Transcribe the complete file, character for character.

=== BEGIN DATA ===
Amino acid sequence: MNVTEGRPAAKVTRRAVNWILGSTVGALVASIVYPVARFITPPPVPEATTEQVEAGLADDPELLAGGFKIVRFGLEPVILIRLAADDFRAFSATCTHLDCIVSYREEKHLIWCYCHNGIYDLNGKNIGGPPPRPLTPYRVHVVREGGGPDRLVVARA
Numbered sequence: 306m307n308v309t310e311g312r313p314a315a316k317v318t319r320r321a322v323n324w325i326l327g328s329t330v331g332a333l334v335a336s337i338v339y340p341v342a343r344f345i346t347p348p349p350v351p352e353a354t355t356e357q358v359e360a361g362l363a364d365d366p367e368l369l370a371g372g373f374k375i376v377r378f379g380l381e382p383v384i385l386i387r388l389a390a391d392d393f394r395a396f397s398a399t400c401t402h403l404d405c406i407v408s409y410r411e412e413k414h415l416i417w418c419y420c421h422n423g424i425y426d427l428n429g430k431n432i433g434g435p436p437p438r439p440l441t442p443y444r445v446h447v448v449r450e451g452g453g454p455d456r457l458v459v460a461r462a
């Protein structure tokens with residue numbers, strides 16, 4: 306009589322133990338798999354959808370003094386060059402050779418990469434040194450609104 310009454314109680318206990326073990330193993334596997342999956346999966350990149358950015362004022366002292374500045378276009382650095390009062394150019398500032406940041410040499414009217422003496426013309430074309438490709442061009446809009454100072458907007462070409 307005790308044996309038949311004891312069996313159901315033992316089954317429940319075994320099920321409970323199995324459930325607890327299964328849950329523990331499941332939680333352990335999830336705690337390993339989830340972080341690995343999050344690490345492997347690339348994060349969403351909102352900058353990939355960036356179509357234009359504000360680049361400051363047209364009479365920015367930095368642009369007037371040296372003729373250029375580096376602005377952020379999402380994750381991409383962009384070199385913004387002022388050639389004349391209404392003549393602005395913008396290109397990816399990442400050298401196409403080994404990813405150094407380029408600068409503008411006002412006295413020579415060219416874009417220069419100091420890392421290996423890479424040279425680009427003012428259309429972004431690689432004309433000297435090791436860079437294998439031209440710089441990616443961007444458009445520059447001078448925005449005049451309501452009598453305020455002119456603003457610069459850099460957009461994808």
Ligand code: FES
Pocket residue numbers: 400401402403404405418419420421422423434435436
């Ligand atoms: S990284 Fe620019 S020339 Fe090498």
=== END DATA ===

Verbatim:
Amino acid sequence: MNVTEGRPAAKVTRRAVNWILGSTVGALVASIVYPVARFITPPPVPEATTEQVEAGLADDPELLAGGFKIVRFGLEPVILIRLAADDFRAFSATCTHLDCIVSYREEKHLIWCYCHNGIYDLNGKNIGGPPPRPLTPYRVHVVREGGGPDRLVVARA
Numbered sequence: 306m307n308v309t310e311g312r313p314a315a316k317v318t319r320r321a322v323n324w325i326l327g328s329t330v331g332a333l334v335a336s337i338v339y340p341v342a343r344f345i346t347p348p349p350v351p352e353a354t355t356e357q358v359e360a361g362l363a364d365d366p367e368l369l370a371g372g373f374k375i376v377r378f379g380l381e382p383v384i385l386i387r388l389a390a391d392d393f394r395a396f397s398a399t400c401t402h403l404d405c406i407v408s409y410r411e412e413k414h415l416i417w418c419y420c421h422n423g424i425y426d427l428n429g430k431n432i433g434g435p436p437p438r439p440l441t442p443y444r445v446h447v448v449r450e451g452g453g454p455d456r457l458v459v460a461r462a
């Protein structure tokens with residue numbers, strides 16, 4: 306009589322133990338798999354959808370003094386060059402050779418990469434040194450609104 310009454314109680318206990326073990330193993334596997342999956346999966350990149358950015362004022366002292374500045378276009382650095390009062394150019398500032406940041410040499414009217422003496426013309430074309438490709442061009446809009454100072458907007462070409 307005790308044996309038949311004891312069996313159901315033992316089954317429940319075994320099920321409970323199995324459930325607890327299964328849950329523990331499941332939680333352990335999830336705690337390993339989830340972080341690995343999050344690490345492997347690339348994060349969403351909102352900058353990939355960036356179509357234009359504000360680049361400051363047209364009479365920015367930095368642009369007037371040296372003729373250029375580096376602005377952020379999402380994750381991409383962009384070199385913004387002022388050639389004349391209404392003549393602005395913008396290109397990816399990442400050298401196409403080994404990813405150094407380029408600068409503008411006002412006295413020579415060219416874009417220069419100091420890392421290996423890479424040279425680009427003012428259309429972004431690689432004309433000297435090791436860079437294998439031209440710089441990616443961007444458009445520059447001078448925005449005049451309501452009598453305020455002119456603003457610069459850099460957009461994808």
Ligand code: FES
Pocket residue numbers: 400401402403404405418419420421422423434435436
């Ligand atoms: S990284 Fe620019 S020339 Fe090498």